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Erie Shores Council, Boy Scouts of America, maintains a Scouting memorabilia museum dedicated to Scouting with an emphasis on Scouting history in the Erie Shores Council and its present and past camps. The Erie Shores Council and Camp Miakonda are both based in Toledo, Ohio. The Museum is located at Camp Miakonda, which is Ohio's's oldest and America's 6th oldest surviving Boy Scout camp. The museum collection includes over forty uniforms on display and uniform elements from all eras of Scouting dating back to 1910, a complete collection of Scouting handbooks dating back to 1910 and memorabilia from all of the past National Jamborees including the cancelled Jamboree of 1935. Displays on Philmont, Cubbing, World Jamborees, Woodbadge, Region Four, Order of the Arrow, the Tribe of Gimogash and the Order of the Mystic Circle, past Senior Scouting programs including Air Scouts and Sea Scouts, early Scout equipment and BSA awards both local and national from every facet of Scouting are maintained as well. Highlights include one of the largest Hornaday Awards medals and badges collections in the country, including one of the three original Type I design Hornaday medals and a magnificent collection of hand-carved neckerchief slides. The displays also include numerous odd and unusual Scouting artifacts from the last one hundred years. Recently the council added $40,000 in additional large display cases to expand the museum complex. The museum collection continues to grow almost weekly.
The Museum is housed in two locations; one being the original building in central camp at Camp Miakonda and the other inside the new Jadel Service Center building at the front of camp. The original structure, built in 1917, has served as the camp office and as the camp trading post. By the late 1980's the building's condition had deteriorated to the point where it was going to be torn down. Tindeuchen Lodge #522 Order of the Arrow requested permission to undertake to save it. Through the efforts of the Lodge members, a team lead by Eagle Scout Christopher Reynolds restored the building and developed a Scouting museum that opened in 1991. The museum building is the oldest standing BSA camp building in the nation.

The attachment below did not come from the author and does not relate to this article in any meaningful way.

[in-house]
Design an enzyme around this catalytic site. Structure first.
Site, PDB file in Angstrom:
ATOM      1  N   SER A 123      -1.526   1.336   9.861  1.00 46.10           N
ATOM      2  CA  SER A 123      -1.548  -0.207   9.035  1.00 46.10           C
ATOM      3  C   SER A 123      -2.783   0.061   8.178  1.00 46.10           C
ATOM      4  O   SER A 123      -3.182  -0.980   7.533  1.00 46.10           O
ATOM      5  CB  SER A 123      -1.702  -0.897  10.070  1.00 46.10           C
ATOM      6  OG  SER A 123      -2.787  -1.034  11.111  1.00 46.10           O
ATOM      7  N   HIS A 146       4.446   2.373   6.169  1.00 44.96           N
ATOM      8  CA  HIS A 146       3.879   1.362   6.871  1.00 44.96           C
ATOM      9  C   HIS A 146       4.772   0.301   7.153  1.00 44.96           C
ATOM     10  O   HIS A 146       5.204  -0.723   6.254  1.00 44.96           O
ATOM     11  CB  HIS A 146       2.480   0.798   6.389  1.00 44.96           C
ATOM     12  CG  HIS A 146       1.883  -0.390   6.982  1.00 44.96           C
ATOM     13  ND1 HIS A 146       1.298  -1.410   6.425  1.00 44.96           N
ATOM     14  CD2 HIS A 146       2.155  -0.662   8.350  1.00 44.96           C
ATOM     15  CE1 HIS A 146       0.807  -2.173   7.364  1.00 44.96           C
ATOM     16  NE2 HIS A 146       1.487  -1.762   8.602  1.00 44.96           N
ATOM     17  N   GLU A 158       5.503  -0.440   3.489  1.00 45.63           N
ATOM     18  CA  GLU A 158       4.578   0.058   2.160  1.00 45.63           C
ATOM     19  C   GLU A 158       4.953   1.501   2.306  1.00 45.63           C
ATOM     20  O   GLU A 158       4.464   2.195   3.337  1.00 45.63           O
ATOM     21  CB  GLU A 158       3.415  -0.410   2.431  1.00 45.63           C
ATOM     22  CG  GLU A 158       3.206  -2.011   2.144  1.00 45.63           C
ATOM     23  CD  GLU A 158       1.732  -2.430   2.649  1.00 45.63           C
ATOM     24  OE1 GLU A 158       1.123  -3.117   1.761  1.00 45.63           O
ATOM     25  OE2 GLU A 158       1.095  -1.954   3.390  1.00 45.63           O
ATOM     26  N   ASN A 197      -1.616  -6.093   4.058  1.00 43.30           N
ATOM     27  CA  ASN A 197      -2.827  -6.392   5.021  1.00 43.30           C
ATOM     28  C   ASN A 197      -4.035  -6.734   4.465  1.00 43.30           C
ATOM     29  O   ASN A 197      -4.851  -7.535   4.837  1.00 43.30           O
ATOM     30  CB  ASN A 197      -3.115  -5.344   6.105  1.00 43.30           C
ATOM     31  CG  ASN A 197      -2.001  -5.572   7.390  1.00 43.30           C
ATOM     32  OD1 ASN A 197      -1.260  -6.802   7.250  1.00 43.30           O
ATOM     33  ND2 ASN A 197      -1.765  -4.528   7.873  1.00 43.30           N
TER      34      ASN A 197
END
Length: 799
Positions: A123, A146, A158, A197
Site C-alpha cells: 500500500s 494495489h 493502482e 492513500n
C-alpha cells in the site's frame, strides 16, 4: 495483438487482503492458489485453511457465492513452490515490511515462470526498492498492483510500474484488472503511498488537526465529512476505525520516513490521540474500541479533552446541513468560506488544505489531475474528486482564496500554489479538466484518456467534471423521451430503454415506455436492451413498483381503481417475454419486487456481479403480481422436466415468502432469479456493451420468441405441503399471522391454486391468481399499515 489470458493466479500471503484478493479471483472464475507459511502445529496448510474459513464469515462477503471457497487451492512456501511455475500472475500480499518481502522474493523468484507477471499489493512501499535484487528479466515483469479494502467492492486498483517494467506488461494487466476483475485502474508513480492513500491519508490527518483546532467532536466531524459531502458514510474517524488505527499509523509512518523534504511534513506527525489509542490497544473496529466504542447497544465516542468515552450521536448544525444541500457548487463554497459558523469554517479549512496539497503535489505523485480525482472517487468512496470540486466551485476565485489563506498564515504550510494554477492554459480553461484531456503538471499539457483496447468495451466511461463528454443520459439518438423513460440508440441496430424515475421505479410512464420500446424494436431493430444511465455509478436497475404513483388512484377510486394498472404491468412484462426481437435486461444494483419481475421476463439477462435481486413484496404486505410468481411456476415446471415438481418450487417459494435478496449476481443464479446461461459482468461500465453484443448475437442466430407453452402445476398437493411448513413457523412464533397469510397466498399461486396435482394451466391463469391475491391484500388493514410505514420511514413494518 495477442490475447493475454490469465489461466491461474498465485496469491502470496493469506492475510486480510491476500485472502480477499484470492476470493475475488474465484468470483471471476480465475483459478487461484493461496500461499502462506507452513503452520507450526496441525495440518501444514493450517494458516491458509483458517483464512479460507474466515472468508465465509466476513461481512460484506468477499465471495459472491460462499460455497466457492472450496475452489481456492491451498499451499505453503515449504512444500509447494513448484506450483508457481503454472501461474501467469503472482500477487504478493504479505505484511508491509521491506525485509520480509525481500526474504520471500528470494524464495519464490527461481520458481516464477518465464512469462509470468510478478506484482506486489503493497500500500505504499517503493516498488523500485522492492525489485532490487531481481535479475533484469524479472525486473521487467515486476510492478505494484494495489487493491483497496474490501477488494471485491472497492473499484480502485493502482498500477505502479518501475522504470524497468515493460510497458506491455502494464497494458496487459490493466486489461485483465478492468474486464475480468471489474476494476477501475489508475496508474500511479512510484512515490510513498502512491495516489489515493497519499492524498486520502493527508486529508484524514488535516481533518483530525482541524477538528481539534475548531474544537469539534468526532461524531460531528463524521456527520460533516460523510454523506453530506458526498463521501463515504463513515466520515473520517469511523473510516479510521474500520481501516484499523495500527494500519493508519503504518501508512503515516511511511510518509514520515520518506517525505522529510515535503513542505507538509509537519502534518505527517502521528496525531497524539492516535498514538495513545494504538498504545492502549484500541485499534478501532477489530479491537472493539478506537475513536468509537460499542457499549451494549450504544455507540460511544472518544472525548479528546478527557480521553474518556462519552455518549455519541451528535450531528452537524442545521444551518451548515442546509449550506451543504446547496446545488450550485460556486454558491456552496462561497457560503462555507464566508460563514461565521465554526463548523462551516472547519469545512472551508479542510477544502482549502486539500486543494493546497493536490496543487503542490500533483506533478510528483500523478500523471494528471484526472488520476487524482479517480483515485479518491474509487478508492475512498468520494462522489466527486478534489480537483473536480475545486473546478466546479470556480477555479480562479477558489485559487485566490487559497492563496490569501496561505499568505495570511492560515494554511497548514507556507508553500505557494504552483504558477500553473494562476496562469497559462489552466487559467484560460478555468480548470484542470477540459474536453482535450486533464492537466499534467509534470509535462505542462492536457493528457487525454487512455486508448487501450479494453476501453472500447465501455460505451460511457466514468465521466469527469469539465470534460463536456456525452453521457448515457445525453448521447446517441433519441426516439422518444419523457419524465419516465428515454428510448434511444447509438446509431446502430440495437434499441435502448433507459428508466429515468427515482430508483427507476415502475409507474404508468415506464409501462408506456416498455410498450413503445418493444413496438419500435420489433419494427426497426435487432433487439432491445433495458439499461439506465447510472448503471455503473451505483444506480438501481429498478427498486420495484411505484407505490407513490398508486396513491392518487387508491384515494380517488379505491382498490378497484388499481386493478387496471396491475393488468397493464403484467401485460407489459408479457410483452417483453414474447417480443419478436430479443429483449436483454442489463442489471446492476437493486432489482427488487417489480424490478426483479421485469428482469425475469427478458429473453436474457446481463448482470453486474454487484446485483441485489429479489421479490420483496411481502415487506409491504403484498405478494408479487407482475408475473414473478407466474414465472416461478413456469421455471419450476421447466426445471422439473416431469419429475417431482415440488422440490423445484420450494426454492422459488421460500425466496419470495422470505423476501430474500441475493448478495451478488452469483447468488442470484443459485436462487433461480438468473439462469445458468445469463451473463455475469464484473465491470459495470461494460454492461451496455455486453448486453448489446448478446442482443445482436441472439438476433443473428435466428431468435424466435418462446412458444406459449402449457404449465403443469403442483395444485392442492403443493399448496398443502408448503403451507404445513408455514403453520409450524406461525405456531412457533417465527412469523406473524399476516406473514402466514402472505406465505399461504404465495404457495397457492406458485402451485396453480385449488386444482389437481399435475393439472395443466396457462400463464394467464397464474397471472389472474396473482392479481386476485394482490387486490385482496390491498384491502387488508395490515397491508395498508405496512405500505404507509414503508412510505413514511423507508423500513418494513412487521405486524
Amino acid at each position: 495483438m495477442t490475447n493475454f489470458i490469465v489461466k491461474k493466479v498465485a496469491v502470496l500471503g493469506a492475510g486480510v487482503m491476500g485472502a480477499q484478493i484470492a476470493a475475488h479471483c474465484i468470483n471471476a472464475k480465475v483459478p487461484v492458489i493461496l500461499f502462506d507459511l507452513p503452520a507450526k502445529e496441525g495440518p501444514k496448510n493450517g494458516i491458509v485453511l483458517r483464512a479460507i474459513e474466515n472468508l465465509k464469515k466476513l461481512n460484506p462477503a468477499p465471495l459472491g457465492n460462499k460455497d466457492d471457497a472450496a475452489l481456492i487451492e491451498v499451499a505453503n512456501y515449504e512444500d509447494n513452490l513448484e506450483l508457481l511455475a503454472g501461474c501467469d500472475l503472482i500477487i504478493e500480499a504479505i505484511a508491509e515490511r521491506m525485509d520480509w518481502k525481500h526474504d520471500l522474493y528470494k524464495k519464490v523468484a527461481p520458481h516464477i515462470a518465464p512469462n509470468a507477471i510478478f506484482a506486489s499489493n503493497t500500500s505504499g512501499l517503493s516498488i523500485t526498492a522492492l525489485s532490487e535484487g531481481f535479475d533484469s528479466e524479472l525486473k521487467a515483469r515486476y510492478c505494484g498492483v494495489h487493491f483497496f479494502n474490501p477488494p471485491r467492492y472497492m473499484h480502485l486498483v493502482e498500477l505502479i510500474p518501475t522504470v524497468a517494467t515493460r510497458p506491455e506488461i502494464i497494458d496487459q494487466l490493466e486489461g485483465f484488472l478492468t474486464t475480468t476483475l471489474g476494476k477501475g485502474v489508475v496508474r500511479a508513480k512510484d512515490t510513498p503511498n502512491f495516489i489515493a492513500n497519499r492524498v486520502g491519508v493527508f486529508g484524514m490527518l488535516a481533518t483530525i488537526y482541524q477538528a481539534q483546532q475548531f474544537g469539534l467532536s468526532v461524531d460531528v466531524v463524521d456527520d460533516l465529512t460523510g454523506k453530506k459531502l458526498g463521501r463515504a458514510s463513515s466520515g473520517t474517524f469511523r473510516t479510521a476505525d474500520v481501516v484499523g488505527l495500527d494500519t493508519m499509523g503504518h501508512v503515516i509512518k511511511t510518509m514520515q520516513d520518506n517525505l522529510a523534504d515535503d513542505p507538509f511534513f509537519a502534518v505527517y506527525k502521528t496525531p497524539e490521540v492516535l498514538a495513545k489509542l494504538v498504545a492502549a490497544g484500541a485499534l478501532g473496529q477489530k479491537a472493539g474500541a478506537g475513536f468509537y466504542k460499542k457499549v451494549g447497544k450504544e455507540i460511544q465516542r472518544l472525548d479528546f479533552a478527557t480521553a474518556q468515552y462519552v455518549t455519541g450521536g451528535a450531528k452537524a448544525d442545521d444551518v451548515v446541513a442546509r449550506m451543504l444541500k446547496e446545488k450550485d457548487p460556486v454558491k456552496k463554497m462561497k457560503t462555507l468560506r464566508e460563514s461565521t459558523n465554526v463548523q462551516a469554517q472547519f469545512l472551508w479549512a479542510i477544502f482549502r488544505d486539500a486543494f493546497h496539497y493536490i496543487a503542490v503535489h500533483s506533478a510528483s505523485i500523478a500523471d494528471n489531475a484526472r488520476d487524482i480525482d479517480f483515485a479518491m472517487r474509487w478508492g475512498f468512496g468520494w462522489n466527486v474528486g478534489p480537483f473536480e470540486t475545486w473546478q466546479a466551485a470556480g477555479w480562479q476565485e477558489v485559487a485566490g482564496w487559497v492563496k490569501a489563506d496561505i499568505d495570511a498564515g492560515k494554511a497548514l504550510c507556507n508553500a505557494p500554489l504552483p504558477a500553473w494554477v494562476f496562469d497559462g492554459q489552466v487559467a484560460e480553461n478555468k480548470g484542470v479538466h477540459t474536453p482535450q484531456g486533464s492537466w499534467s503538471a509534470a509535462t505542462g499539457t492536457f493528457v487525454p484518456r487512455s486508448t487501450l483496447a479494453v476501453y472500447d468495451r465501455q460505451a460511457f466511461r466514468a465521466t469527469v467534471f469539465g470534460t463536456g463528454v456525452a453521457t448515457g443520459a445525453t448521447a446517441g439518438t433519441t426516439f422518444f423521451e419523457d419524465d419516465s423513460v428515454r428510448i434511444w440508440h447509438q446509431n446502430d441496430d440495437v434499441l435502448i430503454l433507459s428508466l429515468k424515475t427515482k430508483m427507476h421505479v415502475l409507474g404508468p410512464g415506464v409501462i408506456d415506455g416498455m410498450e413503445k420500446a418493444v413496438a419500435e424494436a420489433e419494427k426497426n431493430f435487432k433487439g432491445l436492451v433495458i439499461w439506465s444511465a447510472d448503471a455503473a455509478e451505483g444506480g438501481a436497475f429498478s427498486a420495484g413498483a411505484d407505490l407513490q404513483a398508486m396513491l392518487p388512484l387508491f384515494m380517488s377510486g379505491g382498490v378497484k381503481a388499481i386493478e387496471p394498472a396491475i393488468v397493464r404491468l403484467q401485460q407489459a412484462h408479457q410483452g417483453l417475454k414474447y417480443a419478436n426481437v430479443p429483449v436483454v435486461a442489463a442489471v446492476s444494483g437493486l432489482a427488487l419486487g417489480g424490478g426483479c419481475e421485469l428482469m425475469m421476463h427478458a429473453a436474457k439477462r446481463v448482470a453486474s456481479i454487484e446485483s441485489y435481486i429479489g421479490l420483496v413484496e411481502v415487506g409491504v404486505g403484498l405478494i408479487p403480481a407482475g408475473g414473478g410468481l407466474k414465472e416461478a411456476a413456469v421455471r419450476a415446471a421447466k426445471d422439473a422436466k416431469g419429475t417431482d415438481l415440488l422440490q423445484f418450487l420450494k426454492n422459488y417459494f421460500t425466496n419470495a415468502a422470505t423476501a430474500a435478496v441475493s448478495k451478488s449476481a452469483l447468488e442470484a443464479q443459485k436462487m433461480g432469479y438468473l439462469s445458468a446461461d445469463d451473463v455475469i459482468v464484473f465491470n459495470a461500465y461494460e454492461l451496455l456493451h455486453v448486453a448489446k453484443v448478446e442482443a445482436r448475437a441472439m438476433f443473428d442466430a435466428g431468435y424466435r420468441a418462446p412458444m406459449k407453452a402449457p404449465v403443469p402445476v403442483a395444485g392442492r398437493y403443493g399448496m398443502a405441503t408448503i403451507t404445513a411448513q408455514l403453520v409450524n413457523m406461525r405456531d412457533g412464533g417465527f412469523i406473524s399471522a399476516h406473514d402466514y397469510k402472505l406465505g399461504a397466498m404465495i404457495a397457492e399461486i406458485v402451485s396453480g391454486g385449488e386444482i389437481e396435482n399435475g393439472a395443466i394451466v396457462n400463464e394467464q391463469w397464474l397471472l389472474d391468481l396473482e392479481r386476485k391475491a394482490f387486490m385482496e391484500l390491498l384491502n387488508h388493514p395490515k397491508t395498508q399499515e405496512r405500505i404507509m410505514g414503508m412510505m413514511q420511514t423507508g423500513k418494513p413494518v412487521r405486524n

A historical trail highlighting Camp Miakonda's extraordinary past and facilities is maintained and an inexpensive patch that is available at the Museum for those who complete the trail. The camp also has its own historical marker. By 1938, more money had been spent developing the 160 acre Camp Miakonda than what it had cost to purchase the original 72,000 acres of Philmont Scout Ranch in New Mexico. The Federal Government is estimated to have spent over $500,000 at Miakonda on Great Depression-era civil works projects from 1933-1936. It is the only known Scout camp in the nation to have received such massive government funding during those years. The past facilities at Miakonda are the stuff of legend, including an eight treehouse campsite, a tipi village staffed with real American Indians, and the world's longest swimming pool, which was nearly a tenth of a mile long holding 1.3 million gallons of water. The 10-acre lake at Miakonda was hand dug in the 1930's's by 1,000 men who dug and moved 1.1 million wheelbarrows of dirt during its excavation. The historical trail is about two miles long and has a souvenir patch available for purchase.
Automobiles are not allowed in the camp. For more information or if you have items to donate to the Museum, please contact Council Historian David L. Eby at 734-242-3445 or email at email@example.com. Reservations are required to hike the trail, and there is food service on weekends that requires paid reservations as well should your group wish to use it. Miakonda also has sixteen cabins that date back to 1918 that units can rent. Camp Miakonda is located near the Michigan-Ohio state line and is easily accessible from I-75, US-23, and I-475.